‘Tall Oaks’, Chris Whitaker’s 2016 novel of small town American intrigue revolving around the disappearance of a three-year-old boy was an incredibly assured debut and trumpeted the arrival of an impressive new talent. Rightly acclaimed, it is a brilliant read, a pitch black yet hilarious and touching tale that brought to mind the work of David Lynch, in particular ‘Twin Peaks’, and films such as ‘Fargo’.
So the big question: after such a striking first offering, would Whitaker’s sophomore effort suffer from ‘difficult second album syndrome’? Could he produce the goods again, and cement his reputation as one of the most unique new voices in the crime writing genre?
Set in 1994, ‘All the Wicked Girls’ introduces us to the small Bible Belt town of Grace, Alabama, with its people reeling from ‘The Fear’: a series of unsolved disappearances of local girls, all of them church-going, ‘good’ young women. When star student and musical prodigy Summer Ryan vanishes the locals worry that she is yet another victim to add to the ever-growing list. This is the catalyst for Raine, Summer’s troubled sister, and her unlikely sidekicks Noah and Purv to join forces to find the missing girl. What follows is an extraordinary descent into the underbelly of Grace, with its motley collection of disenfranchised characters who are as far removed from ‘The American Dream’ as you could possibly imagine.
Back to that big question: does Whitaker pull it off? Well think season one of True Detective and you’re close to the tone and atmosphere of ‘All the Wicked Girls’. But think of the books of Frank Bill and Donald Ray Pollock and Denis Johnson and Daniel Woodrell too, because this – a glorious, seething, sweaty slice of Southern Gothic – is up there with all of them. Possibly even better than some of their work. What Whitaker has produced here is sublime. ‘Tall Oaks’, as great as it is, was just a taste of what the author had in store for readers – this new book is exquisitely written, with the darkest of hearts, but so beautiful and human and moving that it has been reducing people – me included – to tears. There is writing here that makes your jaw drop, and fills you with joy, and makes you close your eyes and wish that you had the ability to craft something as achingly gorgeous.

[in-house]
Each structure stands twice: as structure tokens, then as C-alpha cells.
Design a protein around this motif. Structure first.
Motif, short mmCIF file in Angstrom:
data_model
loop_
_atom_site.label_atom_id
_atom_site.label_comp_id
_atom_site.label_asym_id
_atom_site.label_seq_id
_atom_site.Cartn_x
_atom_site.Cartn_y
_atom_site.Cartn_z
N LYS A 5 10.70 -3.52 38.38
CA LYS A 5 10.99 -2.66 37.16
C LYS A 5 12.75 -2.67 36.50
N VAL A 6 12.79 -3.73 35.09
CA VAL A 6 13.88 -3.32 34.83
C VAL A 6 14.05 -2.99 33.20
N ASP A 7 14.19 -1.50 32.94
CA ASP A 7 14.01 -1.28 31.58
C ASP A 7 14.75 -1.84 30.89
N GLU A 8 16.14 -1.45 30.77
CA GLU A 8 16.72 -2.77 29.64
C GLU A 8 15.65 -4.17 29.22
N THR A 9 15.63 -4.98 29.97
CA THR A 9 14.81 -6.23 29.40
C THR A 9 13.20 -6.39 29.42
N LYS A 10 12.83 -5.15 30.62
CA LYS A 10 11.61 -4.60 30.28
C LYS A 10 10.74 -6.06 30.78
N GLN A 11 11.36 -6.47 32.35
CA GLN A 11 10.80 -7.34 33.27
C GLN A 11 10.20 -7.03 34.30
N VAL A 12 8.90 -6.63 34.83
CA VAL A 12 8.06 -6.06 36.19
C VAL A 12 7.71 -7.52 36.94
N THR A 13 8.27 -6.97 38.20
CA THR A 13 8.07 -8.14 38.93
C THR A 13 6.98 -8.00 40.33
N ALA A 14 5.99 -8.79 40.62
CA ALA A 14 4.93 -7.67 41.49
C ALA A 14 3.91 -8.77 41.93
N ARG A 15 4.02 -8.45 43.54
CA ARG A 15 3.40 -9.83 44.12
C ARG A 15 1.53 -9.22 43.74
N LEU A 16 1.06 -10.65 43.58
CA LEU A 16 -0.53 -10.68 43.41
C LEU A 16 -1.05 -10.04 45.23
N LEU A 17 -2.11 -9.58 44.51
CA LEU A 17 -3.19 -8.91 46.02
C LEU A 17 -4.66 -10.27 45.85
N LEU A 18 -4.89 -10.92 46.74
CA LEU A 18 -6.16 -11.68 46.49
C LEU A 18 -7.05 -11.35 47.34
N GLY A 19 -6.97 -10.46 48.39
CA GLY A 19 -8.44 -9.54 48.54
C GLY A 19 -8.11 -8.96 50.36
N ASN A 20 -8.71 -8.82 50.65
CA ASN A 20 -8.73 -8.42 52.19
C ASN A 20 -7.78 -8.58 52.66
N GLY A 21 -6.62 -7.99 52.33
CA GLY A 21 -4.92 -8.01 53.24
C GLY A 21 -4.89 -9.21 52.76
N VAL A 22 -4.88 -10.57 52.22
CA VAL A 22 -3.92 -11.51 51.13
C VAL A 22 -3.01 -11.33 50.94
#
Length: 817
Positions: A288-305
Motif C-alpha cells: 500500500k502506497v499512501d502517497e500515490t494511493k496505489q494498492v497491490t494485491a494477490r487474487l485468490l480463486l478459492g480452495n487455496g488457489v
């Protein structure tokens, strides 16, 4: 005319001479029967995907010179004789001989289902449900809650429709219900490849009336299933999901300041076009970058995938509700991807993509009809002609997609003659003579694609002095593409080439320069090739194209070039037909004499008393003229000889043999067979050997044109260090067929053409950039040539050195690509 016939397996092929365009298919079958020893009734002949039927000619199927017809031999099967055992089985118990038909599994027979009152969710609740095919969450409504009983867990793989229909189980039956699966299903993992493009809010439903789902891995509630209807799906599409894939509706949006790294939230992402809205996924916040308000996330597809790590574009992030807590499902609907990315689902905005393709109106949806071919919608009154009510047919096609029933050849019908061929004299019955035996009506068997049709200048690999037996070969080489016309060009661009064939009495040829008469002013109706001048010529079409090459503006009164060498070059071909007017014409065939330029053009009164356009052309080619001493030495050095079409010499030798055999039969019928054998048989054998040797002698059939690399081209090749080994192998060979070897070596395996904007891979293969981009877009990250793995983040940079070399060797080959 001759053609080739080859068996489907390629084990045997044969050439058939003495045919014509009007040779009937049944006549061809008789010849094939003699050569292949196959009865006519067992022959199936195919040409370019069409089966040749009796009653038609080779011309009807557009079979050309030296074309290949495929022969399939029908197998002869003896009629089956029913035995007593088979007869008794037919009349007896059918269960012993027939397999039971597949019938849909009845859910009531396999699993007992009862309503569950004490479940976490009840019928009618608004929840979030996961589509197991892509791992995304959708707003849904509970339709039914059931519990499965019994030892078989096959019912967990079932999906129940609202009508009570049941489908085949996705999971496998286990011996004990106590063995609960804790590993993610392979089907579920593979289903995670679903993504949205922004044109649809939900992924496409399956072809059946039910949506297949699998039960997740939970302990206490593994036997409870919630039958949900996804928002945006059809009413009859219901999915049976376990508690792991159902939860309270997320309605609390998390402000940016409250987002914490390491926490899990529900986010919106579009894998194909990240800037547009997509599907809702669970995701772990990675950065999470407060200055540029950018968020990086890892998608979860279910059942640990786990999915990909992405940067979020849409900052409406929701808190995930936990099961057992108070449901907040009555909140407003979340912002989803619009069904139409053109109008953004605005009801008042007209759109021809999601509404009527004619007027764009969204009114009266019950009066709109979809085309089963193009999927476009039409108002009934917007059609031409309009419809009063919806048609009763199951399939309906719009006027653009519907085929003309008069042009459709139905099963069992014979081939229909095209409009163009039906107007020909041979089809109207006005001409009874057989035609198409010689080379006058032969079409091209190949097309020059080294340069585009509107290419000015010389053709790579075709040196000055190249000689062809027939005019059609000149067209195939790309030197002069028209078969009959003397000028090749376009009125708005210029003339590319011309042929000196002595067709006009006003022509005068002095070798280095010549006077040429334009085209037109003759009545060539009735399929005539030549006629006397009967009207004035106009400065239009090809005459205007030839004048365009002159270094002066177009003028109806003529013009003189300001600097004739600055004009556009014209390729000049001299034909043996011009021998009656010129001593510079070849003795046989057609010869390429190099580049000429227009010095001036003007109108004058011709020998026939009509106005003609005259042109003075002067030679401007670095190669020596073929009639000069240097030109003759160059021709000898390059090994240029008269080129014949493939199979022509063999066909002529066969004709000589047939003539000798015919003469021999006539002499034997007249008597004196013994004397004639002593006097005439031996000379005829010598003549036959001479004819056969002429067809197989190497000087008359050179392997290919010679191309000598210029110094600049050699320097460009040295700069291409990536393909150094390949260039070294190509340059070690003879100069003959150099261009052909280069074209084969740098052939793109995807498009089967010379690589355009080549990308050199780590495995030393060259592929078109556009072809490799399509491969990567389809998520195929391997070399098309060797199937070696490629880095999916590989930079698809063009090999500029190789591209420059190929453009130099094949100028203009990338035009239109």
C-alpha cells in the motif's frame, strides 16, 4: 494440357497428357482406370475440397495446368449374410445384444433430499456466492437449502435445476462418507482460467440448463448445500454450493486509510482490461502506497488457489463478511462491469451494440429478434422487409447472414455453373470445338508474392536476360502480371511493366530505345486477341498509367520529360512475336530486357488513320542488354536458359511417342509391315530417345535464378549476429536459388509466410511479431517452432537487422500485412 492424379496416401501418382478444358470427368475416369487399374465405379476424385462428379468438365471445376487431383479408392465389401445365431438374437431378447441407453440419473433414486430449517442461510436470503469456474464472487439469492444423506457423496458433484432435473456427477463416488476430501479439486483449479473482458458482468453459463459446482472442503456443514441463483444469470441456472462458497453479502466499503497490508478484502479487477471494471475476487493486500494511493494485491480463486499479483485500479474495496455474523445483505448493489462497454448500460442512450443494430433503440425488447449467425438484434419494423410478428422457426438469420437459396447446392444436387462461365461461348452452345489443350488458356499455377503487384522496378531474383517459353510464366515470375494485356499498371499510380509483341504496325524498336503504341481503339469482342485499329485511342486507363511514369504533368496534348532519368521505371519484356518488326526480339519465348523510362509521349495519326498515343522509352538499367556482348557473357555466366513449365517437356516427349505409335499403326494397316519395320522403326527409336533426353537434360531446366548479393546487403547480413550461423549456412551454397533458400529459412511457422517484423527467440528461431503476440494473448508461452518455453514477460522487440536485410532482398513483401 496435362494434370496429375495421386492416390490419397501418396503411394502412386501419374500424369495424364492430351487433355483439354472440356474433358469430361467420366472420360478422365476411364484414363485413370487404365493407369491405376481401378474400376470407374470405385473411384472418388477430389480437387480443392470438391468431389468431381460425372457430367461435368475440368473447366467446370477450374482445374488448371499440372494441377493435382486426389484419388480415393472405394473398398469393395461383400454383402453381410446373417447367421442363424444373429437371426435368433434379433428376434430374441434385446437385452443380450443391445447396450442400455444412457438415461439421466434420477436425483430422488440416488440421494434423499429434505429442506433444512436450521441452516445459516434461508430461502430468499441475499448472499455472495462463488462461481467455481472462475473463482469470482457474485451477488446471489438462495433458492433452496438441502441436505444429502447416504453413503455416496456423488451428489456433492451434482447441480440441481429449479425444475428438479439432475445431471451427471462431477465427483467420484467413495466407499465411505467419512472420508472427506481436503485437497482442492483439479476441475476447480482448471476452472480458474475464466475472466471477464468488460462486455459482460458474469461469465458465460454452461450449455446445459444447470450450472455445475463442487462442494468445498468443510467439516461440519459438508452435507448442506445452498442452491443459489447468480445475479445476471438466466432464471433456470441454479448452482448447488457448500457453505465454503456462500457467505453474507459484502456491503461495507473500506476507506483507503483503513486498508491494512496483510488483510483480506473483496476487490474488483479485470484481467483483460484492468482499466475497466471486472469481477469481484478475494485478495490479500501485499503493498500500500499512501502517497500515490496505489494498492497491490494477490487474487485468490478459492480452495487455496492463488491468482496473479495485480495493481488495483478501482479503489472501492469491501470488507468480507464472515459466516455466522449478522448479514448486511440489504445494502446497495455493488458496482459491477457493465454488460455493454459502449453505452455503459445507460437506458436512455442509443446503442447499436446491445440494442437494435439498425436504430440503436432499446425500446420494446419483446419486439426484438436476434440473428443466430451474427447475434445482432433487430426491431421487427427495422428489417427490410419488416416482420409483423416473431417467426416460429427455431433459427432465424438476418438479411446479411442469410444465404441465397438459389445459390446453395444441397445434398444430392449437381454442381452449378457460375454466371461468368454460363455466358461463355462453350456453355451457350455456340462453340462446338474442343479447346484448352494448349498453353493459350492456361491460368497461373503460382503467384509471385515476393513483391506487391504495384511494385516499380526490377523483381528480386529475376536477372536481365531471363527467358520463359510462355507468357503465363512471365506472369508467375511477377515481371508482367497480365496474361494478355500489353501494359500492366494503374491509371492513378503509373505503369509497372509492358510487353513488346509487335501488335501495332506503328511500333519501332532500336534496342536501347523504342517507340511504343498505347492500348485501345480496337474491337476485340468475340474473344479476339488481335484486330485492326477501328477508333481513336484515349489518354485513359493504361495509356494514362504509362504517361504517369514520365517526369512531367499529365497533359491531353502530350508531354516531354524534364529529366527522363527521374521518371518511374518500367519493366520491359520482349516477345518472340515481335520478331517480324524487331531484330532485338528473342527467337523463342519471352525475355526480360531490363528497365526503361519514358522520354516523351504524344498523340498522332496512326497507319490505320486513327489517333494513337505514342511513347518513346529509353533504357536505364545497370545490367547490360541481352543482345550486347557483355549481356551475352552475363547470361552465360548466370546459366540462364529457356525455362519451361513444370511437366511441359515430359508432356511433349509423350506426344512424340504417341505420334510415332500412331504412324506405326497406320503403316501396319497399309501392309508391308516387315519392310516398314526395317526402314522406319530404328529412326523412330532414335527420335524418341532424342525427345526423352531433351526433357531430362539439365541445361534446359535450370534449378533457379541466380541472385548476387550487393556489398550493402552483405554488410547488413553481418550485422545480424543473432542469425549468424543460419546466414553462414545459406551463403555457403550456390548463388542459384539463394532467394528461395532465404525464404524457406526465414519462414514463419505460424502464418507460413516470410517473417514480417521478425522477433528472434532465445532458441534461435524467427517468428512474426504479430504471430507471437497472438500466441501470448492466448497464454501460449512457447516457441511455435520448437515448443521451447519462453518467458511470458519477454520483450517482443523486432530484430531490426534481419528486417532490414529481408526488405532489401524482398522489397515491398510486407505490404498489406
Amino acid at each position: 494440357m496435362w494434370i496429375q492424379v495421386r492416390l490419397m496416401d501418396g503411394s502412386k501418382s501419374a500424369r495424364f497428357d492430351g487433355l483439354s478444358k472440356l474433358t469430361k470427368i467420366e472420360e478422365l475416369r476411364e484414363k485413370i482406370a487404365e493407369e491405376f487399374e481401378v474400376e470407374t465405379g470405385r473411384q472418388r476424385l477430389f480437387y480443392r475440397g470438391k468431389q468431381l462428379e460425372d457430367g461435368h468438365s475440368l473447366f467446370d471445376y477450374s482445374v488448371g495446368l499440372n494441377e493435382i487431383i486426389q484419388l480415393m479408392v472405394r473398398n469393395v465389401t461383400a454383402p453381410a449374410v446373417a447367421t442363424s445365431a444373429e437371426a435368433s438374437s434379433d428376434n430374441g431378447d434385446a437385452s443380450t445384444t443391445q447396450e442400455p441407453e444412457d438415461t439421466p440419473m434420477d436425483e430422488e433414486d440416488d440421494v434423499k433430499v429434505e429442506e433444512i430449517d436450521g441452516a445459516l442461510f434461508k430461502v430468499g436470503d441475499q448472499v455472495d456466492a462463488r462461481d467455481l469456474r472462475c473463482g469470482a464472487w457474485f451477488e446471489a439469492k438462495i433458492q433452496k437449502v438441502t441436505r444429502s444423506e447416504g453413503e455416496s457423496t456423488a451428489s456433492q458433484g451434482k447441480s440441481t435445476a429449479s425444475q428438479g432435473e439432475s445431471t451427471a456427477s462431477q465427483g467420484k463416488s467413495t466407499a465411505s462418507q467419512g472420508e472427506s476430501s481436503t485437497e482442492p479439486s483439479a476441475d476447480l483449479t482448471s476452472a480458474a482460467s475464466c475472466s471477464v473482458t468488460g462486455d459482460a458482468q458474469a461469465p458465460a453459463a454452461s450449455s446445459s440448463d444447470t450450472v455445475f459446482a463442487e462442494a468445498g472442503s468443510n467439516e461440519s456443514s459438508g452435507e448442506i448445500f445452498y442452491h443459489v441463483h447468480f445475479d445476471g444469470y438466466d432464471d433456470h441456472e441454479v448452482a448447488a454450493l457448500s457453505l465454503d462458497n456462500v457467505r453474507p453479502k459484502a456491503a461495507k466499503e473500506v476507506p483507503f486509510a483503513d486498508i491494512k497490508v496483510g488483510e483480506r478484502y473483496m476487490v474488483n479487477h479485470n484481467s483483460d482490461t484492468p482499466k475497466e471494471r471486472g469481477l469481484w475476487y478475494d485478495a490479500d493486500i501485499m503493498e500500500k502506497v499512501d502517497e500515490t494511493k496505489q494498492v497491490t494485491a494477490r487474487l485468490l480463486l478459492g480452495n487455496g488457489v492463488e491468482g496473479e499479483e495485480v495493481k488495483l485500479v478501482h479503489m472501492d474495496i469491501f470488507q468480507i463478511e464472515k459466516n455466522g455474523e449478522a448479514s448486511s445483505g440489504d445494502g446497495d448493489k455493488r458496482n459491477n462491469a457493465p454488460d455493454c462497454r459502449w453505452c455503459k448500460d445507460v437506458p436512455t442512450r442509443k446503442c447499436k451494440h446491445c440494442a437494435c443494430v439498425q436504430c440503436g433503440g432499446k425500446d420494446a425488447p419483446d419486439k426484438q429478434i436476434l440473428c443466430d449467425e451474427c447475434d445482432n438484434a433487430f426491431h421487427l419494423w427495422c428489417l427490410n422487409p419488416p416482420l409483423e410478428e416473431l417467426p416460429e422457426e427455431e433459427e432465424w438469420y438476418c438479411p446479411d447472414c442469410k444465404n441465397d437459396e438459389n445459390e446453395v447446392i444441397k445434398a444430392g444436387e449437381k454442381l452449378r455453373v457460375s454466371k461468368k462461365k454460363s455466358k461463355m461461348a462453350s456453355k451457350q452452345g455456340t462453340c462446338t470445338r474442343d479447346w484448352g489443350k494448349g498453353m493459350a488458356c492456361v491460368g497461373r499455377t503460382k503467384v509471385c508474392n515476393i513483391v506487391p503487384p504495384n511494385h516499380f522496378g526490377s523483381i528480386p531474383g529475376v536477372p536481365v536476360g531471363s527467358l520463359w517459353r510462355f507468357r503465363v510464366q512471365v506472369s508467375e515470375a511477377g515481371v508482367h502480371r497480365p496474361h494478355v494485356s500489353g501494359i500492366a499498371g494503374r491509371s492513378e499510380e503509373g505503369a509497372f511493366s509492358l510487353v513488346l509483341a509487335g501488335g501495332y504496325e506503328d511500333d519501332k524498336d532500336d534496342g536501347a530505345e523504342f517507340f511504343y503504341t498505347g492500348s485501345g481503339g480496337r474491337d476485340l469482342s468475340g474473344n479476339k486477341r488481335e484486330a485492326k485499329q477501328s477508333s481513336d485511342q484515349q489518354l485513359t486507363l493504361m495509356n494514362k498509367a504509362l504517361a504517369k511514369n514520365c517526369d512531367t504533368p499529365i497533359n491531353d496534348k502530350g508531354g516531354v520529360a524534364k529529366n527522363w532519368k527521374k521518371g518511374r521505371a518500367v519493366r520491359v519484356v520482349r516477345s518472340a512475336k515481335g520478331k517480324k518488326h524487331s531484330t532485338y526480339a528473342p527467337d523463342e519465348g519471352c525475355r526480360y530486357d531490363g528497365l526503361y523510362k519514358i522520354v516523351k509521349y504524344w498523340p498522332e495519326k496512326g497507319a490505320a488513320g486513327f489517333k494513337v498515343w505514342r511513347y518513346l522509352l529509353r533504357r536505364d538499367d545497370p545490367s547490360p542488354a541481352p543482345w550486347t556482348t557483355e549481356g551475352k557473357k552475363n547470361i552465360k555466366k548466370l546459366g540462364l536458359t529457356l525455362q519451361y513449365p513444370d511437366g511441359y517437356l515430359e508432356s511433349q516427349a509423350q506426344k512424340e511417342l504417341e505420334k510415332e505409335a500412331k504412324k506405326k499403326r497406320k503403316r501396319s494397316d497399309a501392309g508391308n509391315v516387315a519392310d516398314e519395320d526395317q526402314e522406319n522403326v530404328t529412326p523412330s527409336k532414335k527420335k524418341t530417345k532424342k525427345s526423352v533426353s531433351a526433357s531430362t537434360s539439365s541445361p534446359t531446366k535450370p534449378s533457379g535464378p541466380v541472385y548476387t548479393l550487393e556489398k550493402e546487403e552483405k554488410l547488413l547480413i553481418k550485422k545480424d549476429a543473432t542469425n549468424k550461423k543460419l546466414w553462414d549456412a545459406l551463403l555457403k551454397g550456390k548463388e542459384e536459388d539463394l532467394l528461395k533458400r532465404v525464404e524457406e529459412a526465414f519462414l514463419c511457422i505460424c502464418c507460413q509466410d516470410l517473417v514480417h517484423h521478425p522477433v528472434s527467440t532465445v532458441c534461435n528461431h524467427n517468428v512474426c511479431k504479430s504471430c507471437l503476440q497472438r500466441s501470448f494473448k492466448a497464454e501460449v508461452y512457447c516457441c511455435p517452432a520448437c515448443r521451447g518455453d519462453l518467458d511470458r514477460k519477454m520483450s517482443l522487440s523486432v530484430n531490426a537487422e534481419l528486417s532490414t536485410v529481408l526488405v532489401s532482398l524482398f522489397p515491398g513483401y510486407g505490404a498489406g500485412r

This is a crime novel, yes, but it is so much more than that. It is a study of marginalised folk, of broken dreams, of haunted people just trying to get by. It is uplifting and funny and sad. And it is about friendship and lust and grief and the things we will do for our loved ones, no matter how dark the path it takes us down.
But in short, ‘All the Wicked Girls’ is a very special novel, from a very special writer.